Biogen walks away from Ionis-partnered ALS, Angelman prospects after peek at clinical data

Biogen’s CEO may have been celebrating “turning a corner” last month, but it looks like the drugmaker’s early-stage pipeline hasn’t gotten the message yet.

The Cambridge, Massachusetts-based company announced this morning that it is halting its work on Ionis Pharmaceuticals-partnered oligonucleotides for two different diseases. That includes the amyotrophic lateral sclerosis (ALS) drug BIIB105, which was designed to reduce expression of the ATXN2 gene.

However, a look at the six-month data from the 99-person trial showed that while the antisense oligonucleotide did lower ATXN2, it had no impact on levels of plasma neurofilament light chain, a biomarker of neurodegeneration, Biogen explained in the May 16 release.

This gives the company “confidence that BIIB105 did not slow the disease process,” Stephanie Fradette, head of Biogen’s Neuromuscular Development Unit, said in the release.

“Additionally, BIIB105 did not demonstrate an impact on clinical outcome measures of function, breathing and strength,” Biogen added.

Biogen bailed on another ALS partnership—this time with Karyopharm Therapeutics—back in 2022 after taking a look at phase 1 data. The same year, a different Ionis-Biogen antisense program, BIIB078, was dropped after it didn’t improve ALS symptoms at all in a phase 1 trial.

Today’s news means Biogen no longer has any ALS hopefuls to follow in the footsteps of the FDA-approved Qalsody, which was itself first developed at Ionis. Ionis still has its own phase 3-stage ALS asset in the form of ulefnersen, which is aimed at the genetic form of the neuromuscular disease.

The fallout from Biogen’s Ionis partnership didn’t end with BIIB105, however. The Big Biotech also revealed this morning that it’s washing its hands of Angelman syndrome drug ION582, presumably in response to a separate phase 1/2a trial readout.

Biogen didn’t go into the rationale of its decision to hand ION582 back to Ionis. For its part, Ionis seemed pleased with this morning’s readout, pointing to “consistent effects across multiple objective and subjective measures used to assess functioning in individuals living with Angelman syndrome.”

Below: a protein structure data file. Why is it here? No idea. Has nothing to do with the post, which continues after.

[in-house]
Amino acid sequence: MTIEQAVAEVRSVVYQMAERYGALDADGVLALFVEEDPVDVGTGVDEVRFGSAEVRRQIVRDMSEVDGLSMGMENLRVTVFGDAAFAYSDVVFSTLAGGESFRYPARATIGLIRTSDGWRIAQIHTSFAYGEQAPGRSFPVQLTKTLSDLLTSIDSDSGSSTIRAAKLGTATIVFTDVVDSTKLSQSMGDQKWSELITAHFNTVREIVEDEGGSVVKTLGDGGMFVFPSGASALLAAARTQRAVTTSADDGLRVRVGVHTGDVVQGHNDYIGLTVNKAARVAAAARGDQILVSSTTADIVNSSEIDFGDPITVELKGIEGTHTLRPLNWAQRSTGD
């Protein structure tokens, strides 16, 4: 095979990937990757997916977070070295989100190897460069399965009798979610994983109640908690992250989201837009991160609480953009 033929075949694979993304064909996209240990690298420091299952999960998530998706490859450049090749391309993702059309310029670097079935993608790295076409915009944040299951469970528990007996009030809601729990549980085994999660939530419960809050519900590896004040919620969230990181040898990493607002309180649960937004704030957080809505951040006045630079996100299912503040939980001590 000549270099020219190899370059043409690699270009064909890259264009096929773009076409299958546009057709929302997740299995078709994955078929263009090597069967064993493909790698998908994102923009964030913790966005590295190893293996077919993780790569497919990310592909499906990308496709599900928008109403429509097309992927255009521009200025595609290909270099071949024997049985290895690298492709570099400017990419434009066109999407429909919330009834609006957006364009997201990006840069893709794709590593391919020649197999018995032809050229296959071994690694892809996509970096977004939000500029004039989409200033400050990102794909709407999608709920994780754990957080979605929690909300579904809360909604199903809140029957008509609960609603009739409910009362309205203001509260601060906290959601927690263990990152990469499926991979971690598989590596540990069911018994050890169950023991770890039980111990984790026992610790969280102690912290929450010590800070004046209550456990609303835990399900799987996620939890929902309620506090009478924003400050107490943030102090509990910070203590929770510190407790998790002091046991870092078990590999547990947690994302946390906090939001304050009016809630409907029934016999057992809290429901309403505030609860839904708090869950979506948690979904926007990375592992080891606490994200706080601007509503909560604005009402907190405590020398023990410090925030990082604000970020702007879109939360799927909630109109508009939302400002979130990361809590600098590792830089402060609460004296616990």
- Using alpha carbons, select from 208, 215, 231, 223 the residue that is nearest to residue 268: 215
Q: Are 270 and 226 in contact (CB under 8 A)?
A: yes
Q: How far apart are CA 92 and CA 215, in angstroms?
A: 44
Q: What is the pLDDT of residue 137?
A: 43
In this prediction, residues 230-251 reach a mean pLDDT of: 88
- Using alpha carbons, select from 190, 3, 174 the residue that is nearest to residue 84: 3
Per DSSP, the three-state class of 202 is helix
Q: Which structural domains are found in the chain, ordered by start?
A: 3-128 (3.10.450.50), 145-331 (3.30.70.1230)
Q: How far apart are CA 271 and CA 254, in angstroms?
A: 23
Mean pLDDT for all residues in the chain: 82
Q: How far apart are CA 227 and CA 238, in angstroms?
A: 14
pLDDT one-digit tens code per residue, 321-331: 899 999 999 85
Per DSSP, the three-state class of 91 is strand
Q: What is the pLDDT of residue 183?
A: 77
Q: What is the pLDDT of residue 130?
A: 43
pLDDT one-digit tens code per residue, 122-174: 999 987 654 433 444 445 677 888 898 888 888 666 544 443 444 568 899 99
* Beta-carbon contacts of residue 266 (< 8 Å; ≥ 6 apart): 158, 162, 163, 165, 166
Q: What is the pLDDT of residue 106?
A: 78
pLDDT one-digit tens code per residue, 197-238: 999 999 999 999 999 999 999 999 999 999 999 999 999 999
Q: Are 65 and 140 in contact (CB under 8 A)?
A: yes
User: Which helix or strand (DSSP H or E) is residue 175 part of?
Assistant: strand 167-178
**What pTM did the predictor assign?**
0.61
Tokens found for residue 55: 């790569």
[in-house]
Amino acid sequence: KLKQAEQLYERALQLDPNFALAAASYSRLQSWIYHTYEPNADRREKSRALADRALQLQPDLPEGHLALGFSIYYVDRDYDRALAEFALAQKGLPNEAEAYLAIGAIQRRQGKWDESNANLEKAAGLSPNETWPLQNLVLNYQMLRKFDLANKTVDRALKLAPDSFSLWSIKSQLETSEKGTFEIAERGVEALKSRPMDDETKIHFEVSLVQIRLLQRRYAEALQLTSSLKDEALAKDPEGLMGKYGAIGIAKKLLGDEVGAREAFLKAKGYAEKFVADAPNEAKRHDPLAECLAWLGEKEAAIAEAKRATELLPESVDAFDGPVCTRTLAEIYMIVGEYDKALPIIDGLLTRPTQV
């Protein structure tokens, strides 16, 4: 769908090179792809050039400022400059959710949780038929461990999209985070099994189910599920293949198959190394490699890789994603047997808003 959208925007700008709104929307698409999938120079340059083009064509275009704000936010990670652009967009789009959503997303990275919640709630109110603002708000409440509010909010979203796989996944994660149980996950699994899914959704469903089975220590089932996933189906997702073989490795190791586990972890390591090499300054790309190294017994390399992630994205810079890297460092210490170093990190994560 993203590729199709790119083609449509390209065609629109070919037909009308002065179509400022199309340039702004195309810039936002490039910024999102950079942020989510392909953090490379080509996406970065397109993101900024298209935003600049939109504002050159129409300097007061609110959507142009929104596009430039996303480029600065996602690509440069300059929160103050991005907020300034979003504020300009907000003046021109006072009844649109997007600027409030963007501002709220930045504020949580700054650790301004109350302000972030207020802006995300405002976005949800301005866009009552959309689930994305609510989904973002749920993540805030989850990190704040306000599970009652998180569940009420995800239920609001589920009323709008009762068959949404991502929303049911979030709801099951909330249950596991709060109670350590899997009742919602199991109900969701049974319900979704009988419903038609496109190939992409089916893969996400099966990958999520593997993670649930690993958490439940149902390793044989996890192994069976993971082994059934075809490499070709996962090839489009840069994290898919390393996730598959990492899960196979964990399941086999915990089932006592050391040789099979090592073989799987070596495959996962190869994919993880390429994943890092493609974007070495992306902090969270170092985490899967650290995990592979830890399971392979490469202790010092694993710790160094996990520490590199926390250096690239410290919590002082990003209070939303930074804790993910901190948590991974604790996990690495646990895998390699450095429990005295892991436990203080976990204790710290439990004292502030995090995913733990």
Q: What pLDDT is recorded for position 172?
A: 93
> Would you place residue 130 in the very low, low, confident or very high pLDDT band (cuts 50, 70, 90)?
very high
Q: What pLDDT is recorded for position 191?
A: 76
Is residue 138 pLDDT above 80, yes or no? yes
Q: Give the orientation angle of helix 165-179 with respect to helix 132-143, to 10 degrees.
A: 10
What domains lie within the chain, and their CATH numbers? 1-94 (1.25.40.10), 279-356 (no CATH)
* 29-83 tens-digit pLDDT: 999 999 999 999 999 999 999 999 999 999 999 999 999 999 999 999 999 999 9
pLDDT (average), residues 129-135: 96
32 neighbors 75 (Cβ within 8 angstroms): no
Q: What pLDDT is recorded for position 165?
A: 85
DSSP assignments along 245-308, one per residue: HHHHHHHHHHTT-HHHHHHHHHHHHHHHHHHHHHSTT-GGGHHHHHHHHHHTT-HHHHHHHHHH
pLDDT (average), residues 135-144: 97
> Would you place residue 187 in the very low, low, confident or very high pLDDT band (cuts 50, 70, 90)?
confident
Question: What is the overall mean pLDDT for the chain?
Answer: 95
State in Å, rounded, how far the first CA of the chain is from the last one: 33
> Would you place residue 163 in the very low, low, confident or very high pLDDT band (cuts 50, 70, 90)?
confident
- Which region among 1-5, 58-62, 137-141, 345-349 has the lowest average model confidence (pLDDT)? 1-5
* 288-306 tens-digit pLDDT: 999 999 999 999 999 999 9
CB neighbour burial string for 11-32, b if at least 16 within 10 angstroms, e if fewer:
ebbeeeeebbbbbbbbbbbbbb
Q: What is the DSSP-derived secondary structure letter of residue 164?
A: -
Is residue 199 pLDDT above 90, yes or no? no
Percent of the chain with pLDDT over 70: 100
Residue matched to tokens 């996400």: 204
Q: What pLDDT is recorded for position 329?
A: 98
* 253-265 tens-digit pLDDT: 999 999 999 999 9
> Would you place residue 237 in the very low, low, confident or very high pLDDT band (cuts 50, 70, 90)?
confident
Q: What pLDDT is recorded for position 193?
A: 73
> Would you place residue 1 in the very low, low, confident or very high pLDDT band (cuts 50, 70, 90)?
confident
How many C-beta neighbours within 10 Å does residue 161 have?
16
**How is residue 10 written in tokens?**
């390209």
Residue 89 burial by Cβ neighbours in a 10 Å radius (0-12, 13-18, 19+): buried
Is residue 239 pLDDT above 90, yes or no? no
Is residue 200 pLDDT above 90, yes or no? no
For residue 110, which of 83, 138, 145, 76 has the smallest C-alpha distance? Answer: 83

There are no approved treatments for the syndrome, which is caused by a loss of function in the maternal UBE3A gene and prevents most individuals from speaking or living independently.

ION582 is designed to restore expression of ubiquitin protein in patients. Around 65% of the 51 participants in the trial demonstrated an improvement in cognition when measured on the Bayley-4 assessment of clinical functioning, while 70% showed improvements in communication, Ionis noted.

While “no direct comparisons should be made,” Ionis stressed, both of these changes “exceeded improvements seen in natural history studies over the same time period.” The drug was also safe and well tolerated at all dose levels, meeting the study’s primary objective.

"We are encouraged by the data from the HALOS study and pleased to add this promising medicine to our growing independent pipeline of neurology medicines,” Ionis CEO Brett Monia, Ph.D., said in the release.

“We look forward to sharing detailed data at the upcoming Angelman Syndrome Foundation meeting and to advancing ION582 into a pivotal study,” Monia added.

Biogen may be walking away from both programs, but it isn’t the end of its work with Ionis. The two companies will “continue their long-standing commitment to developing therapies for ALS given the devastating impact of this progressive, fatal neurodegenerative condition,” Biogen said.

The two latest removals from Biogen’s pipeline come a month after CEO Chris Viehbacher told analysts that the company is “turning the corner” after several recent setbacks over a year that saw 1,000 staff laid off and an “extraordinarily difficult launch” for Alzheimer’s disease drug Leqembi.